What do you do when you are a designer and have to make frequent trips to Japan but you are unable to find the time to learn to read or speak the language? Why design a katakana typeface that has English phonetic sounds embedded of course! Thats exactly what Michael Johnson and his team at Johnson Banks have been working on and has named it “Phonetikana.”
In the example above you see the katakana representations of the sounds that a cow and sheep makes – Mooã€€ãƒ ãƒ¼ and Baa ãƒãƒ¼. Kinda cool although not something I would use but it would be a good design tool for illustrations, labeling and maybe even teaching.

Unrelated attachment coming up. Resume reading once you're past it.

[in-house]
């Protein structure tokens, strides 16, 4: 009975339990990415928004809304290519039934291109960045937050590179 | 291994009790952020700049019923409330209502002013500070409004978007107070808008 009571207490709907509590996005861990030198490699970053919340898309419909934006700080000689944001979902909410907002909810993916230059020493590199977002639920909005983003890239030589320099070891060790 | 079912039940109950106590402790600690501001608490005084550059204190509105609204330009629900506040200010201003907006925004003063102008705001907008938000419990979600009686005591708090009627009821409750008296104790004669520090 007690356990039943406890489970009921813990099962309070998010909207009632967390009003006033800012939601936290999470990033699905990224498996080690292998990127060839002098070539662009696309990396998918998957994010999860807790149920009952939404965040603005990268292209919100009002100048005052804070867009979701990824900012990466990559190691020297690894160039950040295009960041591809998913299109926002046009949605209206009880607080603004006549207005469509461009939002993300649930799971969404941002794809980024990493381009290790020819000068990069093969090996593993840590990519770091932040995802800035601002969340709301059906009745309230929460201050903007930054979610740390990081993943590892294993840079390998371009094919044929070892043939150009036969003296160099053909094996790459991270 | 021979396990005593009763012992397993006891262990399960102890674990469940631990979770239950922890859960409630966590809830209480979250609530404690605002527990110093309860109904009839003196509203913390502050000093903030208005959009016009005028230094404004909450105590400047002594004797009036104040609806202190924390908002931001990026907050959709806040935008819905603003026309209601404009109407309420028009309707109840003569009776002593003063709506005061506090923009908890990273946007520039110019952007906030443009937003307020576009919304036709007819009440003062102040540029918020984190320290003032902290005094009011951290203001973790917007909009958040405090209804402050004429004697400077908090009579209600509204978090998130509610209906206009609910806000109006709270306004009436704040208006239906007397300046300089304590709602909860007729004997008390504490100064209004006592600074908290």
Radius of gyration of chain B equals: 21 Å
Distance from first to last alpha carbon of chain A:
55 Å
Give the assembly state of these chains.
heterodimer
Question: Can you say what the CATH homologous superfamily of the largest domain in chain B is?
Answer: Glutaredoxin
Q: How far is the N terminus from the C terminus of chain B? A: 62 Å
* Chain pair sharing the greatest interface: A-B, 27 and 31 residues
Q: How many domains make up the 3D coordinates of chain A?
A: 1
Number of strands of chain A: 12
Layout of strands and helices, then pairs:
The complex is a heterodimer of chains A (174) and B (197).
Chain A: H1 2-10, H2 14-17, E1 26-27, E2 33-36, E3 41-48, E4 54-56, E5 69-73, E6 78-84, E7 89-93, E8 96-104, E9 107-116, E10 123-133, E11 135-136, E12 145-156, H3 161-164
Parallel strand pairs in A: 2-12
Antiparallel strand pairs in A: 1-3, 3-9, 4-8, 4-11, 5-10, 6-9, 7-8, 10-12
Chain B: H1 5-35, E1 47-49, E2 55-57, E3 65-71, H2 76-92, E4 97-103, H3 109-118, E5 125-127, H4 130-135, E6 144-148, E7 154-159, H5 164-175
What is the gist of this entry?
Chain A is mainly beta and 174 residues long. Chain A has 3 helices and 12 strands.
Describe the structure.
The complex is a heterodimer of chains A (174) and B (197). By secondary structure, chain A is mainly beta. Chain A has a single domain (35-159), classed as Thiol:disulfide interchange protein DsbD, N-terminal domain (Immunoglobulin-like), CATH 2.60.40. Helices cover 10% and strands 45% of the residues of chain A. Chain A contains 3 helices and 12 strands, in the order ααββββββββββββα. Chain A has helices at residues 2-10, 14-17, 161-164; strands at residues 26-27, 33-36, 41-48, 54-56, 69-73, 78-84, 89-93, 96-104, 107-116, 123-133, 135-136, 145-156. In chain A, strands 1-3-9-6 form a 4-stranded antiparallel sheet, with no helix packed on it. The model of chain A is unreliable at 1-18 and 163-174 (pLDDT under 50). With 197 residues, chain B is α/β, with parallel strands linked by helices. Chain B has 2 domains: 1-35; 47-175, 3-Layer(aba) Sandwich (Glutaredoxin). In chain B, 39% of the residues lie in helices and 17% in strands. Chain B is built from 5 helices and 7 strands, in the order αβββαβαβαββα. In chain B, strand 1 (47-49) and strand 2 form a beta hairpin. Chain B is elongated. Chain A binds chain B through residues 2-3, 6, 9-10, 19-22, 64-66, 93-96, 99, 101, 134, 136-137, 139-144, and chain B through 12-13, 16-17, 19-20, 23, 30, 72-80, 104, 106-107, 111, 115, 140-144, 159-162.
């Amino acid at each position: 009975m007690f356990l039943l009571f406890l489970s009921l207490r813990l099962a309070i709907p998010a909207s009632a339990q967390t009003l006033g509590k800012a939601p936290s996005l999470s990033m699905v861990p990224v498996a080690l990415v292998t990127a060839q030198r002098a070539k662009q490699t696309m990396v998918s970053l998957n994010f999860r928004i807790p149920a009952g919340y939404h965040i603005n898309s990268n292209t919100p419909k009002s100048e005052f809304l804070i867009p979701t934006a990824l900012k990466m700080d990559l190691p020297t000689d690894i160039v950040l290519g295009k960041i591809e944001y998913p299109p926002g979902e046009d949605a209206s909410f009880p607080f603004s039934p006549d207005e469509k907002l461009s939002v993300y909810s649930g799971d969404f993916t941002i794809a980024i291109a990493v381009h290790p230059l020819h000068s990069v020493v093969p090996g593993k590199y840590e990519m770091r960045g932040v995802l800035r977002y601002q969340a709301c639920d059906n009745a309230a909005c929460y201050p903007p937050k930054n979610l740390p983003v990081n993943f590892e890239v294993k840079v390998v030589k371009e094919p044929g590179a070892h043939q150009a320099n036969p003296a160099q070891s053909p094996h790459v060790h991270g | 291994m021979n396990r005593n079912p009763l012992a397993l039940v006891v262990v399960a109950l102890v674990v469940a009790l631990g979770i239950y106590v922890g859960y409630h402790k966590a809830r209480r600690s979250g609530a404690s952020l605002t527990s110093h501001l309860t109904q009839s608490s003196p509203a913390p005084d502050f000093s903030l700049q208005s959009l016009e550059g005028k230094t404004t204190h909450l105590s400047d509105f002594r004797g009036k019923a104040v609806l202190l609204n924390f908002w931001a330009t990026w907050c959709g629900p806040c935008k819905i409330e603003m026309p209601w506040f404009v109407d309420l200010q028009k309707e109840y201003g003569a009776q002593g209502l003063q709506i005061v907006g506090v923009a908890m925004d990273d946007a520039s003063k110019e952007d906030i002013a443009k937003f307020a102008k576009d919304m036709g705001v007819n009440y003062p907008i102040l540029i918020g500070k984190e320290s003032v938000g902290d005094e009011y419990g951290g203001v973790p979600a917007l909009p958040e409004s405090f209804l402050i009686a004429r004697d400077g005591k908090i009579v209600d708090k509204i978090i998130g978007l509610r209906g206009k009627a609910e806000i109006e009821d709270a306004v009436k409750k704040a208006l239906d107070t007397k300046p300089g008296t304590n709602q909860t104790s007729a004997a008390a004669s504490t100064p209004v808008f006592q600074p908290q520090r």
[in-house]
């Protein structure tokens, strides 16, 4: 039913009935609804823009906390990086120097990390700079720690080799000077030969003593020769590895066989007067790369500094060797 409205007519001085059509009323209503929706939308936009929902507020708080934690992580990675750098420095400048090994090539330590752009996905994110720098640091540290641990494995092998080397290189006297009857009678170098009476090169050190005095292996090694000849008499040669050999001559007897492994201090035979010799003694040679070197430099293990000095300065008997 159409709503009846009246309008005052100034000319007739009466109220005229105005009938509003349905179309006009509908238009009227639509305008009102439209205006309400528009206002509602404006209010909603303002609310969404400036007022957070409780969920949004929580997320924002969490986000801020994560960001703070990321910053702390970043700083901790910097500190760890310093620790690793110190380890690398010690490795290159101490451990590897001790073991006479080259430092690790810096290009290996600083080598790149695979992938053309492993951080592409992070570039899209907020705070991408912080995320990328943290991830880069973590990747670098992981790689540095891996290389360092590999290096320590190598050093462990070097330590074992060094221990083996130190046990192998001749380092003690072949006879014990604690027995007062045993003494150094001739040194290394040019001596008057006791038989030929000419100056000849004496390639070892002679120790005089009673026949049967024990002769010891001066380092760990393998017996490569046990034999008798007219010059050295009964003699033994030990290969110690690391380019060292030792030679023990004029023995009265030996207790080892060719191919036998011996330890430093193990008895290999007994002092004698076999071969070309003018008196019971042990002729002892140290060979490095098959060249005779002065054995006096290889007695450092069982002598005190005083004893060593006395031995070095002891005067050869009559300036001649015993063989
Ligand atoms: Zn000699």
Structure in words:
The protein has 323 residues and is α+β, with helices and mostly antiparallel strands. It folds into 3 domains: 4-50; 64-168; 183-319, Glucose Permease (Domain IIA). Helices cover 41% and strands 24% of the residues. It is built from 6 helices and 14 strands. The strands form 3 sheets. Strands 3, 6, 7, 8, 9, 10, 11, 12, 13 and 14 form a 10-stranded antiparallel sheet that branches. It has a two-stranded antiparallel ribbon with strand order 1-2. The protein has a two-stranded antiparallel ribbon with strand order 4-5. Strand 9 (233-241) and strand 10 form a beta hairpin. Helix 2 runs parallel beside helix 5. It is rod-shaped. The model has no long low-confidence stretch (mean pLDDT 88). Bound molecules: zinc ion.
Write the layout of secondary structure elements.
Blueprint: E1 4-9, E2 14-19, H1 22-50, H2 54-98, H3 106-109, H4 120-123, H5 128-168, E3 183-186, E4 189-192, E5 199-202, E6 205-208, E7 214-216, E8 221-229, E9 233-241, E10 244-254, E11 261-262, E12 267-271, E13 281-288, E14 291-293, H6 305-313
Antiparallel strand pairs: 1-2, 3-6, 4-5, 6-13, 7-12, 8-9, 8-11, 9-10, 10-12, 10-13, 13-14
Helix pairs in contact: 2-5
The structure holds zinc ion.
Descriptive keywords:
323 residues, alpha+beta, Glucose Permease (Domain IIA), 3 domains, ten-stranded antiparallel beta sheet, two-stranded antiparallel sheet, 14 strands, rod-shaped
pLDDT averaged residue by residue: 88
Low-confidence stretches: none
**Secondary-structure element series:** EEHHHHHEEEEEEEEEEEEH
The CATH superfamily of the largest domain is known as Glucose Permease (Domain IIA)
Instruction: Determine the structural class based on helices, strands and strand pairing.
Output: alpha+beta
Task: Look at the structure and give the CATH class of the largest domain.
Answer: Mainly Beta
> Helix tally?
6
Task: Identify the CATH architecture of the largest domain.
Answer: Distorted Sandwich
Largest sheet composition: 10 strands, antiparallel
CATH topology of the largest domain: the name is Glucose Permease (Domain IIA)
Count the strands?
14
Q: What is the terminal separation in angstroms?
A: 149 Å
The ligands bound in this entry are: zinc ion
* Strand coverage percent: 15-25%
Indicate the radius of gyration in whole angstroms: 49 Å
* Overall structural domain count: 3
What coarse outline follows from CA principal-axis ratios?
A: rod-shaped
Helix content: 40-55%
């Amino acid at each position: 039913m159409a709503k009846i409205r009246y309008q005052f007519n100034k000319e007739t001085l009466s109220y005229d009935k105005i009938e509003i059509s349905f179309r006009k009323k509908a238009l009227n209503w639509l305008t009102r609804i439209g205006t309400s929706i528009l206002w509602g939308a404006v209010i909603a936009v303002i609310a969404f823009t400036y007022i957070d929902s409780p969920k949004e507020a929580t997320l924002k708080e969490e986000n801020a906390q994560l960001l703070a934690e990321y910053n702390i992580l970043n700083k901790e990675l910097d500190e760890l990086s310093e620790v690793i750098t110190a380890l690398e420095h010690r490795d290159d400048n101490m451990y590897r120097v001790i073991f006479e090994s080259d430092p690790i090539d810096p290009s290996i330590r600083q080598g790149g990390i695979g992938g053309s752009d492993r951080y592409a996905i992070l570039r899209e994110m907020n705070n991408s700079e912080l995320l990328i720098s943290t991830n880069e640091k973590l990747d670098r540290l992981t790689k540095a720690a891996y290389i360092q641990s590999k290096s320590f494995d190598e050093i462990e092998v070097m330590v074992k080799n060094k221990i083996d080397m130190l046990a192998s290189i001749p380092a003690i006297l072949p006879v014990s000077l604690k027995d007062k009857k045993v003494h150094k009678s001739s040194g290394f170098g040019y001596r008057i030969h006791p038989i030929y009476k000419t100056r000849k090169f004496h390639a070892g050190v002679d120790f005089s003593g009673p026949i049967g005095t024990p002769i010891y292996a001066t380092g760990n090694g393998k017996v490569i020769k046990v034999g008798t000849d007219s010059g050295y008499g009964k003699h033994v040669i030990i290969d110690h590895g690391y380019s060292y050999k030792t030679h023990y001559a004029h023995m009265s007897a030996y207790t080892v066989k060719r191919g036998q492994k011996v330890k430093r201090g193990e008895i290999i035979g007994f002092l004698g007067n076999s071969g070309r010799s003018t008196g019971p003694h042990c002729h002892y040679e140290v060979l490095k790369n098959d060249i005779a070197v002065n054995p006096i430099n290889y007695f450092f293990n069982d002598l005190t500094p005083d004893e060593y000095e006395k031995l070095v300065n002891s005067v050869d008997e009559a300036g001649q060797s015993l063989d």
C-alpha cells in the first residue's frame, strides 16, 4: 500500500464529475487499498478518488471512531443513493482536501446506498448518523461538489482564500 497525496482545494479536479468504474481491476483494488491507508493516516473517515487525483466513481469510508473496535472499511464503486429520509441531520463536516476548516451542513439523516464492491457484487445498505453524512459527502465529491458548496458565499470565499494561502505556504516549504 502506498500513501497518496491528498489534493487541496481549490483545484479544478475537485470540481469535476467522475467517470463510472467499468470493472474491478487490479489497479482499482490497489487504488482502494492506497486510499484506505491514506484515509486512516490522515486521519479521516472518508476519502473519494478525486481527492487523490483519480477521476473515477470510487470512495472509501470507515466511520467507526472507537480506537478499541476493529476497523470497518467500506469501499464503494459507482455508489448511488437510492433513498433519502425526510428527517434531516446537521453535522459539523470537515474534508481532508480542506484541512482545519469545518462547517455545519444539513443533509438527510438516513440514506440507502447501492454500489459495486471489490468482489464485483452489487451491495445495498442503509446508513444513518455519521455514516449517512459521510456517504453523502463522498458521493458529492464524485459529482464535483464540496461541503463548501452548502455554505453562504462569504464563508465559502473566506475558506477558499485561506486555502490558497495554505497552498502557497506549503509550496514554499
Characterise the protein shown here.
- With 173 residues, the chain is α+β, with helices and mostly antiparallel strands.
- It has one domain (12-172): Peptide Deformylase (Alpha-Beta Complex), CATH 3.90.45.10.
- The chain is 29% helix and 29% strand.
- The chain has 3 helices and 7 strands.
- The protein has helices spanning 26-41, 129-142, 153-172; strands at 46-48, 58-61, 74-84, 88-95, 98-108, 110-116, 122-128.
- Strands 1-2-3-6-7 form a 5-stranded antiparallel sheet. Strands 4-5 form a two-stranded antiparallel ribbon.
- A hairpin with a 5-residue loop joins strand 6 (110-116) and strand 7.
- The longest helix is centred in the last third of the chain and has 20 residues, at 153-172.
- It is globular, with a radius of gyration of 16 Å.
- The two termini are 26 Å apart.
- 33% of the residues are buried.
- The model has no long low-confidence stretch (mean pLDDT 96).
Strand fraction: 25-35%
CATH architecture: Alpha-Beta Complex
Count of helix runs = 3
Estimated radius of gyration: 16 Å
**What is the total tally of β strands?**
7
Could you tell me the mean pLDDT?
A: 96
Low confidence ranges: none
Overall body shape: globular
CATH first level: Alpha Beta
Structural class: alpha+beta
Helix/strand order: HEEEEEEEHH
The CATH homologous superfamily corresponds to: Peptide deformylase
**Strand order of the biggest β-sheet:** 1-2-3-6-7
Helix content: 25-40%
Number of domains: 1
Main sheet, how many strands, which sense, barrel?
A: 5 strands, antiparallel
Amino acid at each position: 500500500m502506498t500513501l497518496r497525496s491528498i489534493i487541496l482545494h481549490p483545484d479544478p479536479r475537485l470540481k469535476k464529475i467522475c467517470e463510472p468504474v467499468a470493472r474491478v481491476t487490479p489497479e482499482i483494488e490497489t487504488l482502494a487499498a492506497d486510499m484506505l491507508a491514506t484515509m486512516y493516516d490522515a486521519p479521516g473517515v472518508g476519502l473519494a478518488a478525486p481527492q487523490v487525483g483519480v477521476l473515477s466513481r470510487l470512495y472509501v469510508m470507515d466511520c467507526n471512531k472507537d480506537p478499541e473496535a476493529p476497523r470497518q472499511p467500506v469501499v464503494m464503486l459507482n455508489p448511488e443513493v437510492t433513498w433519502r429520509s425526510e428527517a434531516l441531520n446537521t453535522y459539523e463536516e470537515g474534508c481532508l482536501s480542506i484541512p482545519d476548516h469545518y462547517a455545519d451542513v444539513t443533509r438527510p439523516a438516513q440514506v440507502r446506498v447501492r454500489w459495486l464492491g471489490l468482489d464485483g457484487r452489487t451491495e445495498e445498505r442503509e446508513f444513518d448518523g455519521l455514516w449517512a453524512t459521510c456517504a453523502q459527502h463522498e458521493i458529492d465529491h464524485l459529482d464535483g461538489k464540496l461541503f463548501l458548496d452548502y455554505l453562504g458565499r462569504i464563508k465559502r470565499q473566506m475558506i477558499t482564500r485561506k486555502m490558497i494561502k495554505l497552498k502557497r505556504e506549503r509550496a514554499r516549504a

Quick description of Katakana
Katakana is a syllable based writing system in Japanese used to write foreign and loan words such as names of persons, places and products. There are 46 of these angular characters which are different but similar to the more curvy Hiragana and more complex Kanji. Take a look at a Katakana chart I made a few years ago for this blog, then check out this cool site to see if you can remember them all.
‘phonetikana’ first seen on Design Boom and designed by Johnson Banks.
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